The European Social Charter states in Article 7 that, " right of children and young persons to protection:
With a view to ensuring the effective exercise of the right of children and young persons to protection, the contracting parties undertake,
- To provide that the minimum age of admission to employment shall be 15 years, subject to exceptions for children employed in prescribed light work without harm to their health, morals and education;
- To provide that a higher minimum age of admission to employment shall be fixed with respect to prescribed occupations regarded as dangerous or unhealthy;
- To provide that persons who are still subject to compulsory education shall not be employed in such work as would deprive them of the full benefit of their education;
- To provide that the working hours of persons under 16 years of age shall be limited in accordance with the needs of their development, and particularly with their need for vocational training;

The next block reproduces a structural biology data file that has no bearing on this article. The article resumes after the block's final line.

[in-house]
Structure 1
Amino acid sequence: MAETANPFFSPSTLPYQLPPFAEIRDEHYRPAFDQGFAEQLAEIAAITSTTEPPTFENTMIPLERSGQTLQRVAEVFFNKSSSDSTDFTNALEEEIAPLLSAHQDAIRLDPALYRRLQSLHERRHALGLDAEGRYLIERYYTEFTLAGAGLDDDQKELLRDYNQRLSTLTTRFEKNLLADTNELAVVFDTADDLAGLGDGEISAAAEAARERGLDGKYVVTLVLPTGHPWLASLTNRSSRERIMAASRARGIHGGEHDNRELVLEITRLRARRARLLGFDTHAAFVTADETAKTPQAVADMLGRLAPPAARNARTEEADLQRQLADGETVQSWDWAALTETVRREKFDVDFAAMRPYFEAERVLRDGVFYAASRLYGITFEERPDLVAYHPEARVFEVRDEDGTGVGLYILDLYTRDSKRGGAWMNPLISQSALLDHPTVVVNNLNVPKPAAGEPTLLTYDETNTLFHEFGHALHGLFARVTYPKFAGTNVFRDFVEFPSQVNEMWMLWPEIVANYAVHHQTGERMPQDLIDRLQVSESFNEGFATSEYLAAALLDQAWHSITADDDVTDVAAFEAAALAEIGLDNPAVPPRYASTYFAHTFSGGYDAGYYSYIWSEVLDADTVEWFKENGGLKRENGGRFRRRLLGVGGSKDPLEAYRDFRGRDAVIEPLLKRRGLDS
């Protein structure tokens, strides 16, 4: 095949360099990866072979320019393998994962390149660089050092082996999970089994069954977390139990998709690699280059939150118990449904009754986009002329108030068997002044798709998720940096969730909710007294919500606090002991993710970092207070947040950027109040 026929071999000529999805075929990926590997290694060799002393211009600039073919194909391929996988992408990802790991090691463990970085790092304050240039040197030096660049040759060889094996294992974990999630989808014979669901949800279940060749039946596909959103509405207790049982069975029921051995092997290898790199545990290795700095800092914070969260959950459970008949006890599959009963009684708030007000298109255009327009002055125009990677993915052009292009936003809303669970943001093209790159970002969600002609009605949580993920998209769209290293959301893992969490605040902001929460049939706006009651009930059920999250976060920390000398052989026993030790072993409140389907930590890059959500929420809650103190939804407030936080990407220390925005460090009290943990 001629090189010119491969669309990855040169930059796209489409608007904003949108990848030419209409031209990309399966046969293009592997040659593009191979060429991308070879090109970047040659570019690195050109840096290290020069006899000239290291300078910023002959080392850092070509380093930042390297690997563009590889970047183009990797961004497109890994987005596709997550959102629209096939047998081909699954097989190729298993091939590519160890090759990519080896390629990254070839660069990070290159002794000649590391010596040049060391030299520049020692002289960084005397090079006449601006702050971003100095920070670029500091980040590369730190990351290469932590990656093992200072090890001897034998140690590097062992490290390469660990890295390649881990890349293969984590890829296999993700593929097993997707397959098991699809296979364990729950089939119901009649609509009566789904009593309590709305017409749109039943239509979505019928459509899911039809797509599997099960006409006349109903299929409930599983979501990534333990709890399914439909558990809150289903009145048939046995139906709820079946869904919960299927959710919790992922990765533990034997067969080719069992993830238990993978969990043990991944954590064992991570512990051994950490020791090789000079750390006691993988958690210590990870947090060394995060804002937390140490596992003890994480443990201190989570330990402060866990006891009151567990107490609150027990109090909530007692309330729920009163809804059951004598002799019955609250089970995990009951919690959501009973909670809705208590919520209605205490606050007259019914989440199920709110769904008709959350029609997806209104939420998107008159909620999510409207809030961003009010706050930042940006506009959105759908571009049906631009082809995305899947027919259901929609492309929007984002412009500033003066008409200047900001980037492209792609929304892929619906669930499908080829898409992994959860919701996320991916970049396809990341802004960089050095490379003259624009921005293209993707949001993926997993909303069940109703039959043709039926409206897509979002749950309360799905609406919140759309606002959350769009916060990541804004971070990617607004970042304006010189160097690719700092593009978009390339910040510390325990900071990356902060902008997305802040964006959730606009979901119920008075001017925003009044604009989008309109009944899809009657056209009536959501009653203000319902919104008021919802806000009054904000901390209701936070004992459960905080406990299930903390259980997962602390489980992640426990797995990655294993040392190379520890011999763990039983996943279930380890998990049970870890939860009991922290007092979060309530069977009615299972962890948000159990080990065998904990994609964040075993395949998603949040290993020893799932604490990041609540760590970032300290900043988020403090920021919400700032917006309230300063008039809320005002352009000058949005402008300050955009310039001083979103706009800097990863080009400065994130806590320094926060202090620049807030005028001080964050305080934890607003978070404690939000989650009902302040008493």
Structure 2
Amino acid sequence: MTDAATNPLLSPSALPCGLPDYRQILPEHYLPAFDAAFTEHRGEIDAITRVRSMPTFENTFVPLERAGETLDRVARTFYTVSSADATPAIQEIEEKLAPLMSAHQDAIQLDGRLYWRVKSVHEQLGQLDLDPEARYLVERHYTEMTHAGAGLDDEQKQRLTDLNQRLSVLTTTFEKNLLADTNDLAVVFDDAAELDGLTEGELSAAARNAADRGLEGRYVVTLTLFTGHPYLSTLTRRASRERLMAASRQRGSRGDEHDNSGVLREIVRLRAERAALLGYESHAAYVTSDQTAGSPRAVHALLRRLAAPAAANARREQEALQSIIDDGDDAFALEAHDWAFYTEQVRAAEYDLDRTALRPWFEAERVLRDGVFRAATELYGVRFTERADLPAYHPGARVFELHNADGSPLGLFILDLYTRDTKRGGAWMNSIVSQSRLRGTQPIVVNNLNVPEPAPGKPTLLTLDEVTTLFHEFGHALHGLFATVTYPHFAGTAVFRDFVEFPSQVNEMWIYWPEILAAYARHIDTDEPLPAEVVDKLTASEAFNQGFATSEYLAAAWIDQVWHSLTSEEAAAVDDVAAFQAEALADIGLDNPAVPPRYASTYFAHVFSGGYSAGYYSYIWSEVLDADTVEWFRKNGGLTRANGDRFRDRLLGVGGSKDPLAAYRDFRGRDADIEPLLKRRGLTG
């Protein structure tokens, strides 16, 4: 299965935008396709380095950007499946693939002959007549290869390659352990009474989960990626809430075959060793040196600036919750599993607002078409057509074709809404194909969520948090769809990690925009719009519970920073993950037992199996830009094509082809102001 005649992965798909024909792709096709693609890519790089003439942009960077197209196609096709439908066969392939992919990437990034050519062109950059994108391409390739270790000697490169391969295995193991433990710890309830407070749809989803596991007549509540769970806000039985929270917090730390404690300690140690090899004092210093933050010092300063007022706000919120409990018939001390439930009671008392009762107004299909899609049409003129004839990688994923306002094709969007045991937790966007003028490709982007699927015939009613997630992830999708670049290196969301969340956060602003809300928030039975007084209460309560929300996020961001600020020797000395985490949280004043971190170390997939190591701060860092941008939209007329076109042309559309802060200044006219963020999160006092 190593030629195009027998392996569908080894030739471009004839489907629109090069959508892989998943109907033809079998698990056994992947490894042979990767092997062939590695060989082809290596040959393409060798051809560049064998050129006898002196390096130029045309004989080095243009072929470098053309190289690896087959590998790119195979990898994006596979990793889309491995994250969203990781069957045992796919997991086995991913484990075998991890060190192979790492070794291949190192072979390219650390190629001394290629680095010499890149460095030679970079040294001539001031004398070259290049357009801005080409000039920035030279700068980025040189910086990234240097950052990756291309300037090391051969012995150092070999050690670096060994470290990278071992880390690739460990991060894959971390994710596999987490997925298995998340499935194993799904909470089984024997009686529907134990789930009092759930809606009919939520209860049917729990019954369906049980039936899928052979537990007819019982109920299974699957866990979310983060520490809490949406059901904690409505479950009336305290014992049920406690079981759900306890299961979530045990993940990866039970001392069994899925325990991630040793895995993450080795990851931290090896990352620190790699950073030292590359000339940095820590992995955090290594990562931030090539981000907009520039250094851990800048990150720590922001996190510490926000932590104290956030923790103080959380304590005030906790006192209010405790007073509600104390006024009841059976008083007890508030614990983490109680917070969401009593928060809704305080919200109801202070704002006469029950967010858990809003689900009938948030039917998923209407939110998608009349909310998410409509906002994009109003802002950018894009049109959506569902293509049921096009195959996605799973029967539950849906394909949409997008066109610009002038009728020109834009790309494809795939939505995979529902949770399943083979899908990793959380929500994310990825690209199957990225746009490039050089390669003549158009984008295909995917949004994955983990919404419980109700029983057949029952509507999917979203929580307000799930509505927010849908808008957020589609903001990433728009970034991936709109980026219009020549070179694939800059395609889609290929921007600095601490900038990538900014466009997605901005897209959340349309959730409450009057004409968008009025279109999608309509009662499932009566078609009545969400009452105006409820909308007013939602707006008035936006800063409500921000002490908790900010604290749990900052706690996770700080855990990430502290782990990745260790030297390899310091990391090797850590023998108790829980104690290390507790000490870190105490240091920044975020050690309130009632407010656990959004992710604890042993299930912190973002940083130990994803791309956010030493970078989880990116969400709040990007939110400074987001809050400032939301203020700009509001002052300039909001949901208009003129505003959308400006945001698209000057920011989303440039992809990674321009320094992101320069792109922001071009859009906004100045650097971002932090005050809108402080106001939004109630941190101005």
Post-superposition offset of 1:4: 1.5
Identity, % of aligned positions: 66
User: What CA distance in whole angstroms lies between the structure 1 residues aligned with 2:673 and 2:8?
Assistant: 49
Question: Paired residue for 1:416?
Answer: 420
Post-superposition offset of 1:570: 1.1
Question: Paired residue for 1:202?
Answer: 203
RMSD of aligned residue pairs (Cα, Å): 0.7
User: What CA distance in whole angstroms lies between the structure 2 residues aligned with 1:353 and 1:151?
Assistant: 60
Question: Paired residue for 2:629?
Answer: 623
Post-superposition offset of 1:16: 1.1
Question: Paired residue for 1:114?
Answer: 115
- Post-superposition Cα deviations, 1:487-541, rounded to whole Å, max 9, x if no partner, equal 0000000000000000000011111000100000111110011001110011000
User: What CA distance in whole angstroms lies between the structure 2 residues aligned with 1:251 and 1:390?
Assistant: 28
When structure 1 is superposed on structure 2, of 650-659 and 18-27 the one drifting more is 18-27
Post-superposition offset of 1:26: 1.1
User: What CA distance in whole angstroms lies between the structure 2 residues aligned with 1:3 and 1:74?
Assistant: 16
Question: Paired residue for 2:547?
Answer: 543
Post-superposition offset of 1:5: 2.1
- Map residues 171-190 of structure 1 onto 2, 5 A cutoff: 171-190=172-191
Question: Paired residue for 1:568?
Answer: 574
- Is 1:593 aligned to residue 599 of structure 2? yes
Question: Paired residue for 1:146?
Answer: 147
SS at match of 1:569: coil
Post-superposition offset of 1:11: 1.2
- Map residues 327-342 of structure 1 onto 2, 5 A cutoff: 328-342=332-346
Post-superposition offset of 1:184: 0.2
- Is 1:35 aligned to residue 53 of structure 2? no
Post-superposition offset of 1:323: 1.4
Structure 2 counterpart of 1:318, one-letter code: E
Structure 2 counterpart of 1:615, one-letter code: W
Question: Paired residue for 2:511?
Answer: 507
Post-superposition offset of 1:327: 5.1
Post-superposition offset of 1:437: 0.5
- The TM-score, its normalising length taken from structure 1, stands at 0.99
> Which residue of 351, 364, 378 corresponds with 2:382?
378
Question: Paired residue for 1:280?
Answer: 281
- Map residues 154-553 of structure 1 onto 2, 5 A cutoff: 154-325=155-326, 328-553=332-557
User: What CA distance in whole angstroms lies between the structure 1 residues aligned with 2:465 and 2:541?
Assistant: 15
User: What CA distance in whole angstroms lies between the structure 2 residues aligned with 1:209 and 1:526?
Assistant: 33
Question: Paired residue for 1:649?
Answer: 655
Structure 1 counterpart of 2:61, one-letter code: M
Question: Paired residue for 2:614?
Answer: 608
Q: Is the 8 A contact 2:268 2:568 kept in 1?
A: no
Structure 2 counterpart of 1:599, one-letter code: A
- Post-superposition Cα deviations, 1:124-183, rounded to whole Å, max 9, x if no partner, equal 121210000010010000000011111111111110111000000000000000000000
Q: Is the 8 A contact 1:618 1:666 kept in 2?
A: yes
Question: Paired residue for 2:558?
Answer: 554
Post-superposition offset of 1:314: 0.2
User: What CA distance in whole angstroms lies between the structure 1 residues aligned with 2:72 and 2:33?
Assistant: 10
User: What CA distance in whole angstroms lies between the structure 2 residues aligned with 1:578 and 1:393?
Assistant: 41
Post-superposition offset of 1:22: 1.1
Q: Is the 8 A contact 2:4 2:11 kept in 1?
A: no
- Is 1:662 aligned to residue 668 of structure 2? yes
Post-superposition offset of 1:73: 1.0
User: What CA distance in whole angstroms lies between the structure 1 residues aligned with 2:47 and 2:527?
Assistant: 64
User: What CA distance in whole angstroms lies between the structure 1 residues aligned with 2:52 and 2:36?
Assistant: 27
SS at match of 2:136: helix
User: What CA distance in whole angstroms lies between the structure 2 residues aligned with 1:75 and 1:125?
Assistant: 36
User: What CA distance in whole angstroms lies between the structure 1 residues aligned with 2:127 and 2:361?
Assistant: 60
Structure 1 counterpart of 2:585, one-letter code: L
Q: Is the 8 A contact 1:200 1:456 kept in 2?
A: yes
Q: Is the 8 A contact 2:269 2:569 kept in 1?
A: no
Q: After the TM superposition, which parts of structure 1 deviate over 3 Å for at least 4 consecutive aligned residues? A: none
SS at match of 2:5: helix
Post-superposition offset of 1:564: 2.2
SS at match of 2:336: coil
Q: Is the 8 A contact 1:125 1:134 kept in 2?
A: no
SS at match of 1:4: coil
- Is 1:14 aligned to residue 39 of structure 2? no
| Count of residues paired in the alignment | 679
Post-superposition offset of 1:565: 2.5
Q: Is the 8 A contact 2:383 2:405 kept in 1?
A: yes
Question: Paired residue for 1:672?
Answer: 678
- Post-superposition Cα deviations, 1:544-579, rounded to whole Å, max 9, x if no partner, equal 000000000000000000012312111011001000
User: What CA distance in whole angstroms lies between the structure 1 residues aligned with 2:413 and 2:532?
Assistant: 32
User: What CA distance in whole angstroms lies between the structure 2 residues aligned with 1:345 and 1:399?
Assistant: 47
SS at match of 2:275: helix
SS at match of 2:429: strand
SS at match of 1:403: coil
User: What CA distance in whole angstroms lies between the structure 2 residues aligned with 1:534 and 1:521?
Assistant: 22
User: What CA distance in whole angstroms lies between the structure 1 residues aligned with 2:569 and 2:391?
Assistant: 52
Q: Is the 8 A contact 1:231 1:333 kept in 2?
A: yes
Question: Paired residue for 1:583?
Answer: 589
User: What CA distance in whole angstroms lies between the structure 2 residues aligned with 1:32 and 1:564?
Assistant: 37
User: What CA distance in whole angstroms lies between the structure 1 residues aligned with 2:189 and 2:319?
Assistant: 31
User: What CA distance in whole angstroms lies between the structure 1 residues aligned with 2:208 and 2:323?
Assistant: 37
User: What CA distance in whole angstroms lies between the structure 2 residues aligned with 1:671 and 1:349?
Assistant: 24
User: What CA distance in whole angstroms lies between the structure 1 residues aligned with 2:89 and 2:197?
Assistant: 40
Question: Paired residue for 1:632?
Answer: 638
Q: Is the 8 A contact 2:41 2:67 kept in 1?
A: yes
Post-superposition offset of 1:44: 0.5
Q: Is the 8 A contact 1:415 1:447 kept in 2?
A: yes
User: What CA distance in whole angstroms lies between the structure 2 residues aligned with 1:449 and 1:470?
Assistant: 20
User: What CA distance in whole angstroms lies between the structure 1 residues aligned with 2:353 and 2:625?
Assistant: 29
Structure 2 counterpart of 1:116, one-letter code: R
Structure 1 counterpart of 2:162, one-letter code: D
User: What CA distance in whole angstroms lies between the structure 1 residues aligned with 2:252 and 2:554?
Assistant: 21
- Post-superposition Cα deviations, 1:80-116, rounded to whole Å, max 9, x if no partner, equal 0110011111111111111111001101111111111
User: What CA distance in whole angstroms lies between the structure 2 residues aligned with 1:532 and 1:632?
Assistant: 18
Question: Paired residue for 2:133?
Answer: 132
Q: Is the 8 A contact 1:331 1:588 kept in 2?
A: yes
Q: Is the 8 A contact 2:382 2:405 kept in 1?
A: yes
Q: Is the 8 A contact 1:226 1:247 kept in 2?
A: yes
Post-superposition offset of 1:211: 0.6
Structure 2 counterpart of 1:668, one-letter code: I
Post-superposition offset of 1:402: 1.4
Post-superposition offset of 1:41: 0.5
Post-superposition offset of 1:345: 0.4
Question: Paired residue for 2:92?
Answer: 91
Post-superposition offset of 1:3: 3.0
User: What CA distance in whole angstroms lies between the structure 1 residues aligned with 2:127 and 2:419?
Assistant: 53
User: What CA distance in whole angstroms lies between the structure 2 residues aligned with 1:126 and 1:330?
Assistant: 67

9. To provide that persons under 18 years of age employed in occupations prescribed by national laws or regulations shall be subject to regular medical control;
10. To ensure special protection against physical and moral dangers to which children and young persons are exposed, and particularly against those resulting directly or indirectly from their work."
Article 17 obliges the States Parties to take measures to provide economic and social protection for children:
"The right of mothers and children to social and economic protection: With a view to ensuring the effective exercise of the right of mothers and children to social and economic protection, the Contracting Parties will take all appropriate and necessary measures to that end, including the establishment or maintenance of appropriate institutions or services."
Though there were no fundamental changes in the Revised Form of the European Social Charter, in article 7 the age limit goes up from 16 to 18 years of age and states:
"The right of children and young persons to social, legal and economic protection: With a view to ensuring the effective exercise of the right of children and young persons to grow up in an environment which encourages the full development of their personality and of their physical and mental capacities, the Parties undertake, either directly or in Cupertino with public and private organisations, to take all appropriate and necessary measures designed: